Let’s not go round the houses: a good portion of the population menstruates. Don’t be ashamed, don’t speak of it in awkward hushed tones: we bleed- and so what?
Menstruating while travelling poses its own little problems however:
1. There isn’t always a place to dispose of sanitary products and sometimes you have no choice but to carry used ones around with you until you find a bin. Don’t even think about flushing them either- the toilets in a lot of countries can’t even handle toilet paper!
2. It’s sometimes difficult to find sanitary products. Tampons aren’t easy to get hold of in some places.
3. Carrying around a couple of months’ supply adds a lot of bulk to your rucksack.
I propose an alternative: The Menstrual Cup.
Here are two popular brands: Mooncup and Divacup.
Mooncup is British, costs something like £20 and comes in two sizes: A (for women who are over 30 years of age or have given birth vaginally) and B (for women under 30 and who haven’t given birth vaginally).
Divacup is American and cost $25 on Amazon last time I checked. There are Pre-Birth and Post-Birth varieties.
There are also several other brands and disposal versions of the mentrual cup. I use a Mooncup size B, which comes with its own little cotton storage bag. Google “menstrual cup” and you’ll find a wealth of information and advice.
Basically, it’s a little cup made of medical-grade silicon which sits quietly in your vagina and collects blood for you.
They’re all used in the same way: you fold it up, place it in the vagina and then empty it when it needs emptying. No fibres get left in there if you accidentally take it out too early, and if you place it in there correctly, you won’t feel it at all. Don’t be afraid. It will fit, it won’t be uncomfortable, and you will want to spread the word.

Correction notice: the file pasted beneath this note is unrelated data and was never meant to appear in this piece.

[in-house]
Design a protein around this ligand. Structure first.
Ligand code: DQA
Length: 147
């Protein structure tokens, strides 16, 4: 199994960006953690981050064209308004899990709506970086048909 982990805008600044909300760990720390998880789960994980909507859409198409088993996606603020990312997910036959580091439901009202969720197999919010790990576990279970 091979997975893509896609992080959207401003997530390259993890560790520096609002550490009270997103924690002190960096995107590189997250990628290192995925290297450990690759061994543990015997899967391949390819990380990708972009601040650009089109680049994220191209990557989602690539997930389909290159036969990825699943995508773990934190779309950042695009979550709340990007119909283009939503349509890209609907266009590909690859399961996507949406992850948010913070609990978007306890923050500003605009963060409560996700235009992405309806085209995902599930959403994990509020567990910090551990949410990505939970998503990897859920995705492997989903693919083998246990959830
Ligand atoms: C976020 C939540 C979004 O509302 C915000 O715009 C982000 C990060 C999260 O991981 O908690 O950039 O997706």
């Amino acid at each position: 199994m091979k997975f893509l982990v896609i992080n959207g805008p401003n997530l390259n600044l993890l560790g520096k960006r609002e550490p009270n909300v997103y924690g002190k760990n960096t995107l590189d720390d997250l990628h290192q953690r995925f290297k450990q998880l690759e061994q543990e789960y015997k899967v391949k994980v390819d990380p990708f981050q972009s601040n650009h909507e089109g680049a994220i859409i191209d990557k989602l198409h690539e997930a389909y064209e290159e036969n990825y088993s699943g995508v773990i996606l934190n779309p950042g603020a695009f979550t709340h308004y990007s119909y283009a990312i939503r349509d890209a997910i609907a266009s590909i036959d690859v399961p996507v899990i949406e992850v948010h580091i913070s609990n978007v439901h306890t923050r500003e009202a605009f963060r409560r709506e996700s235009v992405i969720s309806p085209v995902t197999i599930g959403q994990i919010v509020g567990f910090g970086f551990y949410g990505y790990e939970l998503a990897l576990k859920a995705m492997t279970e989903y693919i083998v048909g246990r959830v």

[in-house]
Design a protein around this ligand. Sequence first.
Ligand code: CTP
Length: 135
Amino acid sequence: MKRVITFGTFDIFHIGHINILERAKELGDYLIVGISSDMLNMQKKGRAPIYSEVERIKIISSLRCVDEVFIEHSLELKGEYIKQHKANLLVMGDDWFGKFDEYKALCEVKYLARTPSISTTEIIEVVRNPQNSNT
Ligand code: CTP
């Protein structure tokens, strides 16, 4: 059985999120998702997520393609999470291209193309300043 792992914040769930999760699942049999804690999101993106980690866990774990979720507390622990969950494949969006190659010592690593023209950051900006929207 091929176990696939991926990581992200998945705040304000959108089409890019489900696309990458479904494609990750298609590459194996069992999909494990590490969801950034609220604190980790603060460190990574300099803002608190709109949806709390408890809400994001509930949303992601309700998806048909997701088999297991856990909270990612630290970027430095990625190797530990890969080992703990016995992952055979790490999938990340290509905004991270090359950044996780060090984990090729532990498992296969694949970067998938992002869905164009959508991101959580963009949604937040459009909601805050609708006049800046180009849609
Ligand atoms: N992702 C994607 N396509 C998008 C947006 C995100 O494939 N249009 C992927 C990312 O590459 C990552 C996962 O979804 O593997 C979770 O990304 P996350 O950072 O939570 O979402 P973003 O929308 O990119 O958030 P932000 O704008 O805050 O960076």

|Menstrual Cup Pros||Menstrual Cup Cons|
|You don’t need a bin: you empty the blood into the toilet, rinse the cup (making sure to clear the little holes around the rim which help you to break the suction seal during removal) and then reinsert.||Yes, you do have to stick your fingers into your vagina to remove it.|
|You can empty it anywhere. Menstrual cups are magical when hiking. Bring a bottle of water with you if you’re outside or in a cubicle without a sink to rinse it.||Yes, you do have to confront your blood a bit more than you do with tampons and pads- but come on ladies, being afraid of your own body is an insult to your magnificence. Don’t demean your body by being uncomfortable with one of its processes.|
|No Toxic Shock Syndrome: the cup can be left in and changed as infrequently as twice a day, depending on your flow.|
|Holds 3x as much liquid as a tampon.|
|The cup weighs a few grams and takes up a tiny amount of space.|
|It’s good for the environment and reduces landfill waste.|
|Cheaper in the long run- a £20/$25 initial investment will give you many years of use.||One menstrual cup does cost a lot more than a pack of tampons- but you can reuse that one cup every month for years!|
|You can go swimming with it! No weird reddish-liquid leakage, and no string!|
|No smell, no stickiness, you can’t feel it inside you.When it’s full, you will be able to feel it and will know to change it soonish. You will only realise a tampon is full when it starts leaking!||It takes a little practice to insert and place it right- but the exact same argument can be made against tampons.Also some women’s pelvic muscles may be too strong, which can cause the cup to travel too far up the vagina and cause discomfort. I haven’t personally come across anyone with this problem though.|
I have gone cycling, running, swimming, climbed trees, hiked, danced and moved furniture around with my mooncup. I will never go back to the bush-league world of tampons and pads.
I finish with this feminist diatribe against period shame!